After forty-six years of marriage, Valerie supported her husband, who had ALS, enabling him to die in the manner of his choosing. Alison and Toby were also there at their father’s end. Both he and his wife discussed with their children what they wanted and why – conversations that helped those remaining to come to terms with their loved one’s death.

During the last years of her parents’ lives, Alison was living abroad with her husband, raising their children until they left to follow their own paths. Alison’s brother lived with his wife and daughters an hour or so’s drive from their parents. Whatever the distance and other family commitments, the siblings travelled regularly to provide support as needed. There were also many close friends offering assistance – emotional and practical.

What comes across clearly in this narrative is how lucky the elderly relatives were to have friends and family able and willing to help out over the course of the protracted period it takes for a human body to finally fail. It is so different to how many other families end up functioning in such circumstances. Care was provided by health professionals but it was the family who came together to ensure the dying’s wishes were upheld – including that there should be no long faces when outcome had been understood and accepted. Valerie wished to celebrate the life she had experienced, and then be celebrated.

Although both James and Valerie accepted their prognoses and took control of their deaths, James’ sister, Jane, raged against the prospect of her end. Unmarried and with no children of her own, Jane also benefited from her niece’s willingness to do what she could to support and help as Jane’s ageing body suffered trauma and illness. The comparison in attitude serves as a reminder that not everyone will accept the inevitable with equanimity. This too must be accepted.

The writing in this book is both emotional and factual – thought-provoking and warmly engaging. It is structured to be succinct yet provides detail many appear reluctant to voice let alone face. There are sections that raise an element of revulsion – such as when control is lost over basic bodily functions – although Alison dealt with these with grace. She did have certain regrets, listed in a final chapter. It is also pointed out that the prospect of the imminent death of a parent enabled her to put aside differences that had previously resulted in conflict or hurt.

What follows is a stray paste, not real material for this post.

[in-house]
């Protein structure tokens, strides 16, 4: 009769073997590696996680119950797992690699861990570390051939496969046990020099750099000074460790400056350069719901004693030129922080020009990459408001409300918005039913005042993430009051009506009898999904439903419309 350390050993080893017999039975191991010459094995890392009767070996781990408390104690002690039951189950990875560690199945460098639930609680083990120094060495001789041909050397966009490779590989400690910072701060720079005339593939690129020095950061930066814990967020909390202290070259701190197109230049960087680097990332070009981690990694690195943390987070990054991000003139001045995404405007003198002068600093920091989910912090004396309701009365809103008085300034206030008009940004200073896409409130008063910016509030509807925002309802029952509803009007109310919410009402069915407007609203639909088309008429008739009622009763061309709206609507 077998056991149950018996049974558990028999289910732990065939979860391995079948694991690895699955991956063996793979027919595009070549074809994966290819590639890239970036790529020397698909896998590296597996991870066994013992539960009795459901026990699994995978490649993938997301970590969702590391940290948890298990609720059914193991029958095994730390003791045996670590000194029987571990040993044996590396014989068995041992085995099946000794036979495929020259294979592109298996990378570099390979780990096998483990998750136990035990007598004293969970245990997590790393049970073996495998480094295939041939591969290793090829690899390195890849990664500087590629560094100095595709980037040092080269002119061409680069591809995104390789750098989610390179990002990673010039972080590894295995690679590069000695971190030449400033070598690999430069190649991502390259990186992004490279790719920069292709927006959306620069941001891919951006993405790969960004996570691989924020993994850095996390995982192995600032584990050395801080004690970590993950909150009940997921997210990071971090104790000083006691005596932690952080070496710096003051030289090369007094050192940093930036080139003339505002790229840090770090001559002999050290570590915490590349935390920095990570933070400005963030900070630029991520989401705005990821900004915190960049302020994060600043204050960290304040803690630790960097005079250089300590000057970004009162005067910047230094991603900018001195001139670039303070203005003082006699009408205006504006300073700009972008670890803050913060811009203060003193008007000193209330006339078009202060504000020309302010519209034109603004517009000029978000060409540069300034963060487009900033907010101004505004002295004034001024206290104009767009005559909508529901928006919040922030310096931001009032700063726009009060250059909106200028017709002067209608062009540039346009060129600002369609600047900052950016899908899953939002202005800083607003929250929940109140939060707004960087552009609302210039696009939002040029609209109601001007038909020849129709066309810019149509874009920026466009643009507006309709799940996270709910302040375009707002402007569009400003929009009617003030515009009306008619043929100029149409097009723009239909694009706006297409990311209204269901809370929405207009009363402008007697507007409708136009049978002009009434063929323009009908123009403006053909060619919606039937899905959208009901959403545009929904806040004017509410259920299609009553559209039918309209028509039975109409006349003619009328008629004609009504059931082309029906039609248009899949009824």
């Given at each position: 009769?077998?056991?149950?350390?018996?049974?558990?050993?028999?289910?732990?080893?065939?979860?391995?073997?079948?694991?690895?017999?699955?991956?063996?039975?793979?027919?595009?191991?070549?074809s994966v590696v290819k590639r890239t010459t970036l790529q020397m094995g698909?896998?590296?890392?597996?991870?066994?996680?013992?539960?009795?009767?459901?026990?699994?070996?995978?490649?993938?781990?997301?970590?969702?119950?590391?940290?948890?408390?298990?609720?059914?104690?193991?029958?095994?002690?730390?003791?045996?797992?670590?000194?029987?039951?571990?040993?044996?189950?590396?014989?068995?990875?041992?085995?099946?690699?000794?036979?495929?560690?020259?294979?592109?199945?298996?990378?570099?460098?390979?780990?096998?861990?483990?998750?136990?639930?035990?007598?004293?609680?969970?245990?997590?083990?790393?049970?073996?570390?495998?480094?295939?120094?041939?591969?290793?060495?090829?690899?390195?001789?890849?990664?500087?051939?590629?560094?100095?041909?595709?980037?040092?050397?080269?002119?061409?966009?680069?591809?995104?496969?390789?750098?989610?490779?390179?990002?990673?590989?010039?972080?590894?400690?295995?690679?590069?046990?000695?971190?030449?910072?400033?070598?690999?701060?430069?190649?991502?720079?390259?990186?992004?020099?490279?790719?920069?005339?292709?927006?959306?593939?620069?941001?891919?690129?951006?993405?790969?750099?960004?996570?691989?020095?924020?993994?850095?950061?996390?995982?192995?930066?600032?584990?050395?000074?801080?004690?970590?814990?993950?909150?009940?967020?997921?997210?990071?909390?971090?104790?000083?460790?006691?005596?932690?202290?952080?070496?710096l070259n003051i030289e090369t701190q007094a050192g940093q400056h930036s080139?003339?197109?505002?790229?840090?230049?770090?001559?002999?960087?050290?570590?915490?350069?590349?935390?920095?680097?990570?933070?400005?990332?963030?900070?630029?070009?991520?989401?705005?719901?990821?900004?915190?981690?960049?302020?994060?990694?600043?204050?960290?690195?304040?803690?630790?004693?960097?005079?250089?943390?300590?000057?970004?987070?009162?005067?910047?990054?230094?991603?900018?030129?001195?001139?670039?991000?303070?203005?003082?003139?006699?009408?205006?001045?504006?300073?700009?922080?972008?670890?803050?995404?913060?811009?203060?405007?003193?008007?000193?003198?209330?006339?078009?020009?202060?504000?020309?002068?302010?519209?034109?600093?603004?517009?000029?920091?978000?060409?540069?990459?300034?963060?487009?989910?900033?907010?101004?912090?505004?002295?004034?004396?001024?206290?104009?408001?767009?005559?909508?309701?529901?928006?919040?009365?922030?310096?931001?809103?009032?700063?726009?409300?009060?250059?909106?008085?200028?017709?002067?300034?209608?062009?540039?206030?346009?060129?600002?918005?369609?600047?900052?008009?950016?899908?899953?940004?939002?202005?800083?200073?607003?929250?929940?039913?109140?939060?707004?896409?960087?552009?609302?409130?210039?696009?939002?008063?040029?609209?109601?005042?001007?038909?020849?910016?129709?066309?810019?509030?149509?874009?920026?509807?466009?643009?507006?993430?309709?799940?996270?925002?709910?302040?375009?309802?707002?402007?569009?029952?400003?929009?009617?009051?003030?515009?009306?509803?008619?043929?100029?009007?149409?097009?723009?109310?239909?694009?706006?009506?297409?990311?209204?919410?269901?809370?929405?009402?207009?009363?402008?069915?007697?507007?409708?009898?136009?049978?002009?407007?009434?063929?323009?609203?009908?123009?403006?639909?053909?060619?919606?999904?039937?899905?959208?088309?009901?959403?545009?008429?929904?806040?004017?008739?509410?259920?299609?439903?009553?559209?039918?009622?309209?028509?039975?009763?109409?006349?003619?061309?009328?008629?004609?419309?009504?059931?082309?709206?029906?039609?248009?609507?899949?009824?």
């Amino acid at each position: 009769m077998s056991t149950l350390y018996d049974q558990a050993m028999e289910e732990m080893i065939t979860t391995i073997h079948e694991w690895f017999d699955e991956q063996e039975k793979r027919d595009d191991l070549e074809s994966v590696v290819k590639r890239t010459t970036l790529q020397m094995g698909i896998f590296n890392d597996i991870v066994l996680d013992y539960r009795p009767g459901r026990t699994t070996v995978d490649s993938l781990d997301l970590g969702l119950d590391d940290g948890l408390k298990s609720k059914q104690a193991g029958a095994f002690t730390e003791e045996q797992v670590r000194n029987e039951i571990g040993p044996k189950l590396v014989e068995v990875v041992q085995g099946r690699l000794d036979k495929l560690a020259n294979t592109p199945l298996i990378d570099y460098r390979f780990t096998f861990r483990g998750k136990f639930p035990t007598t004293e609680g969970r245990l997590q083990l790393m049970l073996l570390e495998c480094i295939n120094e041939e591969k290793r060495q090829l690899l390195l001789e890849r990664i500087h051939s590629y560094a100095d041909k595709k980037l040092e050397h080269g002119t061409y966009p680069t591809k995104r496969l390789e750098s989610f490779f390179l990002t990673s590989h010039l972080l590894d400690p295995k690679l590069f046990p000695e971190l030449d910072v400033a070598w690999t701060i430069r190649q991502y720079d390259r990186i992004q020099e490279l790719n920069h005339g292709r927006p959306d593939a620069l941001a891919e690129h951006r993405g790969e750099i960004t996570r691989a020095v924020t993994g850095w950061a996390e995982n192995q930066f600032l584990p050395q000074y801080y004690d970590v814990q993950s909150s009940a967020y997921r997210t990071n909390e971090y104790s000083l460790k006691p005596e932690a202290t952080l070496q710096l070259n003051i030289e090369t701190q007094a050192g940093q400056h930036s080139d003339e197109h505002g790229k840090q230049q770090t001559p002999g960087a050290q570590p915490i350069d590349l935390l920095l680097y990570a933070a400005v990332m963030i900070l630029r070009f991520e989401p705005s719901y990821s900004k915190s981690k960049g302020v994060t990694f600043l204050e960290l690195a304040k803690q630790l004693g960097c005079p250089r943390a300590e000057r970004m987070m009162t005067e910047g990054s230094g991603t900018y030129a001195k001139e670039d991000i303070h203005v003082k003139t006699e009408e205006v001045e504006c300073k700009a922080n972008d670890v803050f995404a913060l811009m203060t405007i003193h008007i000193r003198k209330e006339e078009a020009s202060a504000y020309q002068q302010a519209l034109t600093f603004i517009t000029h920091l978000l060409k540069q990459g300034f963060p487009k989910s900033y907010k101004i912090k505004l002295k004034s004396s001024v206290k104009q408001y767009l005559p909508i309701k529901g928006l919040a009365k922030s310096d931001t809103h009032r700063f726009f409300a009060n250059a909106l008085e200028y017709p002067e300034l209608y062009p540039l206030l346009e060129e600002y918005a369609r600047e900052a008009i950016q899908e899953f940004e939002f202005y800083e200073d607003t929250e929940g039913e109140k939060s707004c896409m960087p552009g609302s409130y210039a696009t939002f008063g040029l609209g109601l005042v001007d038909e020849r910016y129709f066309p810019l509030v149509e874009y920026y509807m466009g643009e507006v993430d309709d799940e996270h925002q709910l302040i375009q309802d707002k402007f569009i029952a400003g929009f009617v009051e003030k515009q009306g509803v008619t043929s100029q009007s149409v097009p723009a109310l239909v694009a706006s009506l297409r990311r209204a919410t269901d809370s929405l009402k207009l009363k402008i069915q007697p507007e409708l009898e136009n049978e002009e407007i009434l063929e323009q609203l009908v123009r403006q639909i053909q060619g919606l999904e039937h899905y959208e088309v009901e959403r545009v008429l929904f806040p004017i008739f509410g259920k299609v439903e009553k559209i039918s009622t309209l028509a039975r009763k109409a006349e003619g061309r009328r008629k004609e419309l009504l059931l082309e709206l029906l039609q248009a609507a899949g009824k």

“Mum was returning to her factory settings, letting go of her sharp edges, her harsh judgements, the burden of ‘taste’. She told me once that cutting my toast into triangles rather than rectangles was low class. Now toast was just a good thing, however it came.”

Included within the details of dying are reminders that the elderly are still functioning human beings. Valerie had dalliances after she was widowed, sharing details that her daughter did not welcome. When sorting through her mother’s belongings, staying in her assisted living facility, Alison gained a fresh appreciation of how older people can still bask in new connections and approbation.

I am of an age when I and many of my peers have experienced the slow dying of elderly parents. This account serves as a lesson in the importance of discussing openly and clearly how people wish to be treated as their end nears. It is also an uplifting story, demonstrating it is possible for family and friends to support each other without resentment. I wonder if Alison realises quite how amazing – how unusual – many would find this.

Much is decided by others who think they know best for both children and the elderly – creating lasting repercussions for all involved. With death the final act for all who live, setting out one’s wishes in advance makes good sense. As Alison points out, it also removes a burden from those who must make affecting decisions at such a difficult time, and then live with the impact.

This is a tale that spills over with love, relish and appreciation. A recommended read for all who must deal with the dying. A reminder to live until death.

My copy of this book was provided gratis by the author. 

Book Review: Yuki Means Happiness

This review was written for and first published by Structo Magazine.

Having enjoyed Alison Jean Lester’s debut, Lillian on Life, I was eager to see where the author would take her readers in this, her second novel. Lillian was a woman of a certain age looking back over decades lived. This latest work is again told as a recollection, this time of a much younger woman looking back to a pivotal few months when she was in her early twenties. From the first sentence of Yuki Means Happiness the reader is aware that the adventure will not end well.

The story opens in Boston, Massachusetts, in 1996. Diana, a trained nurse, is meeting Naoki Yoshimura, the father of two year Yuki. Naoki had employed Diana as a maternity nurse when his wife, Emi, travelled to Boston to give birth. Now he informs her that Emi has left him. He offers Diana a generous salary to work in Tokyo as Yuki’s nanny. Diana is in a relationship but unsure of the commitment she is willing to offer. She regards this job as a chance for adventure and also escape. Key events in her life to date have made her wary of men and their intentions. Her boyfriend is ignorant of this personal history and declares his willingness to wait.